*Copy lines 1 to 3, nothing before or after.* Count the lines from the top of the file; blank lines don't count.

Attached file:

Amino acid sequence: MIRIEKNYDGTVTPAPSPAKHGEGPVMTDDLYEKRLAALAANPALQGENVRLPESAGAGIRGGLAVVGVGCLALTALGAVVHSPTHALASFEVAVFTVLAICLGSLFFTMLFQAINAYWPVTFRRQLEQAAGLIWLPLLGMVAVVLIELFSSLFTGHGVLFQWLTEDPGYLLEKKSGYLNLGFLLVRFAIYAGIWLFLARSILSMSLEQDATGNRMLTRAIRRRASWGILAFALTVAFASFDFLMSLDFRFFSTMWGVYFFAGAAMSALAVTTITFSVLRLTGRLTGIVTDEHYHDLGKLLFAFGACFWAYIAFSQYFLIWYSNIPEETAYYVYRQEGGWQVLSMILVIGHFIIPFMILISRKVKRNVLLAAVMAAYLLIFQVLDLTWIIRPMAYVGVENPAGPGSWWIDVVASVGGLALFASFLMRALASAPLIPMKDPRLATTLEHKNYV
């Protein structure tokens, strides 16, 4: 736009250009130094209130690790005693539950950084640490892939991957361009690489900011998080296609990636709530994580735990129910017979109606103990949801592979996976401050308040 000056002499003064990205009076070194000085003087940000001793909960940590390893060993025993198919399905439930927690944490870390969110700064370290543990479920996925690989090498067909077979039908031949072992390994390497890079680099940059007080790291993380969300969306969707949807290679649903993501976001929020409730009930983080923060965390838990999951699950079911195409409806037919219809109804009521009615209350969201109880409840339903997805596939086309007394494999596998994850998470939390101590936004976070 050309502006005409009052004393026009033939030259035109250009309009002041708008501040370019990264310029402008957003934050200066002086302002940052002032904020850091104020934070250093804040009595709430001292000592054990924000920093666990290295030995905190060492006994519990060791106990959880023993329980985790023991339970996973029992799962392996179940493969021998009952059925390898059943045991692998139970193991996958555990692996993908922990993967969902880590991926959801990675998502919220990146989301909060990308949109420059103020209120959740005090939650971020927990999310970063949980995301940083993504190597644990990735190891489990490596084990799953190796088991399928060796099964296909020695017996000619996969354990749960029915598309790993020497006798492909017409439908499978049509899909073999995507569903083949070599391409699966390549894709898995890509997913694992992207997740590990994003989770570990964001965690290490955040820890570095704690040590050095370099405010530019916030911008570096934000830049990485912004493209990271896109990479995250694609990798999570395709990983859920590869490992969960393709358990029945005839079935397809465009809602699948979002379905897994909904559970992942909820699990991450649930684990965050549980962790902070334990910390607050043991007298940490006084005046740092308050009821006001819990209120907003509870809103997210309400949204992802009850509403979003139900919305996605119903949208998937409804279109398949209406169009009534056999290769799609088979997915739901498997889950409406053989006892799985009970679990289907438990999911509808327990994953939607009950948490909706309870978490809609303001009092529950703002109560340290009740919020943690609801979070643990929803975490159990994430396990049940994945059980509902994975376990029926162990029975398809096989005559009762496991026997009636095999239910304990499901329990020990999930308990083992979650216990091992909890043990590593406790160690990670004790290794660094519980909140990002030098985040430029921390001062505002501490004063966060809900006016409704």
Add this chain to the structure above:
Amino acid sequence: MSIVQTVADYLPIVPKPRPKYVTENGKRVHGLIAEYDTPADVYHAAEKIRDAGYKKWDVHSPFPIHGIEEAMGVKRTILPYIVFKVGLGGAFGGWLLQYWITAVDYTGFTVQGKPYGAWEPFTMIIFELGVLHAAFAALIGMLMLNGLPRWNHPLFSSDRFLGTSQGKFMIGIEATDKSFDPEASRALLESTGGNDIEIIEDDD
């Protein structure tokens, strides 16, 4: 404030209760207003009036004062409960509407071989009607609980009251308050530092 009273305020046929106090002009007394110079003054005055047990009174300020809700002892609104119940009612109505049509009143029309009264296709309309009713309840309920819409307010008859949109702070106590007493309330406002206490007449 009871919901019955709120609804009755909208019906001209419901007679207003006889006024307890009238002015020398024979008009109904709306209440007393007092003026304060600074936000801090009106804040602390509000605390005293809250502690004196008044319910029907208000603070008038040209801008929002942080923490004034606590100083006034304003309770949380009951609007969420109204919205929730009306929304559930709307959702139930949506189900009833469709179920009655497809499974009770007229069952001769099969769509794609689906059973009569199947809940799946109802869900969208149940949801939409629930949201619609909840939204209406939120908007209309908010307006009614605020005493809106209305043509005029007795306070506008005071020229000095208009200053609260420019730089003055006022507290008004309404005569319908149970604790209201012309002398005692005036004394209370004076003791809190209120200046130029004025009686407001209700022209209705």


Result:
Amino acid sequence: MIRIEKNYDGTVTPAPSPAKHGEGPVMTDDLYEKRLAALAANPALQGENVRLPESAGAGIRGGLAVVGVGCLALTALGAVVHSPTHALASFEVAVFTVLAICLGSLFFTMLFQAINAYWPVTFRRQLEQAAGLIWLPLLGMVAVVLIELFSSLFTGHGVLFQWLTEDPGYLLEKKSGYLNLGFLLVRFAIYAGIWLFLARSILSMSLEQDATGNRMLTRAIRRRASWGILAFALTVAFASFDFLMSLDFRFFSTMWGVYFFAGAAMSALAVTTITFSVLRLTGRLTGIVTDEHYHDLGKLLFAFGACFWAYIAFSQYFLIWYSNIPEETAYYVYRQEGGWQVLSMILVIGHFIIPFMILISRKVKRNVLLAAVMAAYLLIFQVLDLTWIIRPMAYVGVENPAGPGSWWIDVVASVGGLALFASFLMRALASAPLIPMKDPRLATTLEHKNYV
């Protein structure tokens, strides 16, 4: 736009250009130094209130690790005693539950950084640490892939991957361009690489900011998080296609990636709530994580735990129910017979109606103990949801592979996976401050308040 000056002499003064990205009076070194000085003087940000001793909960940590390893060993025993198919399905439930927690944490870390969110700064370290543990479920996925690989090498067909077979039908031949072992390994390497890079680099940059007080790291993380969300969306969707949807290679649903993501976001929020409730009930983080923060965390838990999951699950079911195409409806037919219809109804009521009615209350969201109880409840339903997805596939086309007394494999596998994850998470939390101590936004976070 050309502006005409009052004393026009033939030259035109250009309009002041708008501040370019990264310029402008957003934050200066002086302002940052002032904020850091104020934070250093804040009595709430001292000592054990924000920093666990290295030995905190060492006994519990060791106990959880023993329980985790023991339970996973029992799962392996179940493969021998009952059925390898059943045991692998139970193991996958555990692996993908922990993967969902880590991926959801990675998502919220990146989301909060990308949109420059103020209120959740005090939650971020927990999310970063949980995301940083993504190597644990990735190891489990490596084990799953190796088991399928060796099964296909020695017996000619996969354990749960029915598309790993020497006798492909017409439908499978049509899909073999995507569903083949070599391409699966390549894709898995890509997913694992992207997740590990994003989770570990964001965690290490955040820890570095704690040590050095370099405010530019916030911008570096934000830049990485912004493209990271896109990479995250694609990798999570395709990983859920590869490992969960393709358990029945005839079935397809465009809602699948979002379905897994909904559970992942909820699990991450649930684990965050549980962790902070334990910390607050043991007298940490006084005046740092308050009821006001819990209120907003509870809103997210309400949204992802009850509403979003139900919305996605119903949208998937409804279109398949209406169009009534056999290769799609088979997915739901498997889950409406053989006892799985009970679990289907438990999911509808327990994953939607009950948490909706309870978490809609303001009092529950703002109560340290009740919020943690609801979070643990929803975490159990994430396990049940994945059980509902994975376990029926162990029975398809096989005559009762496991026997009636095999239910304990499901329990020990999930308990083992979650216990091992909890043990590593406790160690990670004790290794660094519980909140990002030098985040430029921390001062505002501490004063966060809900006016409704």
Add this chain to the structure above: